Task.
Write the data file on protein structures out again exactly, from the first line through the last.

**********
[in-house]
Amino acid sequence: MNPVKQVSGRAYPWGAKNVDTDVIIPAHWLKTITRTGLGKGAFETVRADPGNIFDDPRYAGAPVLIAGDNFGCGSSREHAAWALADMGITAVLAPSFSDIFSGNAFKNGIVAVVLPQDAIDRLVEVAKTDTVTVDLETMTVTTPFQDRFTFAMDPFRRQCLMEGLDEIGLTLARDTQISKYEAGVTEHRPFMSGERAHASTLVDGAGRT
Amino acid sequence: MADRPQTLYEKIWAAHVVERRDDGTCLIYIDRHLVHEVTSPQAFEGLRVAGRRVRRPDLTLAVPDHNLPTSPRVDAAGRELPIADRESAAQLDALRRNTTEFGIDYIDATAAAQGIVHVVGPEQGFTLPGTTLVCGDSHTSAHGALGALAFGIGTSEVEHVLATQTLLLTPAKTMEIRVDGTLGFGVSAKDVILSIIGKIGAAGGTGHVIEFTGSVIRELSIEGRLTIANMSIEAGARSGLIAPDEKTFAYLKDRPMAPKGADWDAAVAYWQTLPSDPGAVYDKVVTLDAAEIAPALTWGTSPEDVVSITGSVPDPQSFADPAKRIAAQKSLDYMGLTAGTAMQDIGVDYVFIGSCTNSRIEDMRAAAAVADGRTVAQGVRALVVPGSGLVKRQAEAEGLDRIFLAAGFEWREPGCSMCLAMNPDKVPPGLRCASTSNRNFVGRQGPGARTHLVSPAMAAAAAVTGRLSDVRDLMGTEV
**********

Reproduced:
[in-house]
Amino acid sequence: MNPVKQVSGRAYPWGAKNVDTDVIIPAHWLKTITRTGLGKGAFETVRADPGNIFDDPRYAGAPVLIAGDNFGCGSSREHAAWALADMGITAVLAPSFSDIFSGNAFKNGIVAVVLPQDAIDRLVEVAKTDTVTVDLETMTVTTPFQDRFTFAMDPFRRQCLMEGLDEIGLTLARDTQISKYEAGVTEHRPFMSGERAHASTLVDGAGRT
Amino acid sequence: MADRPQTLYEKIWAAHVVERRDDGTCLIYIDRHLVHEVTSPQAFEGLRVAGRRVRRPDLTLAVPDHNLPTSPRVDAAGRELPIADRESAAQLDALRRNTTEFGIDYIDATAAAQGIVHVVGPEQGFTLPGTTLVCGDSHTSAHGALGALAFGIGTSEVEHVLATQTLLLTPAKTMEIRVDGTLGFGVSAKDVILSIIGKIGAAGGTGHVIEFTGSVIRELSIEGRLTIANMSIEAGARSGLIAPDEKTFAYLKDRPMAPKGADWDAAVAYWQTLPSDPGAVYDKVVTLDAAEIAPALTWGTSPEDVVSITGSVPDPQSFADPAKRIAAQKSLDYMGLTAGTAMQDIGVDYVFIGSCTNSRIEDMRAAAAVADGRTVAQGVRALVVPGSGLVKRQAEAEGLDRIFLAAGFEWREPGCSMCLAMNPDKVPPGLRCASTSNRNFVGRQGPGARTHLVSPAMAAAAAVTGRLSDVRDLMGTEV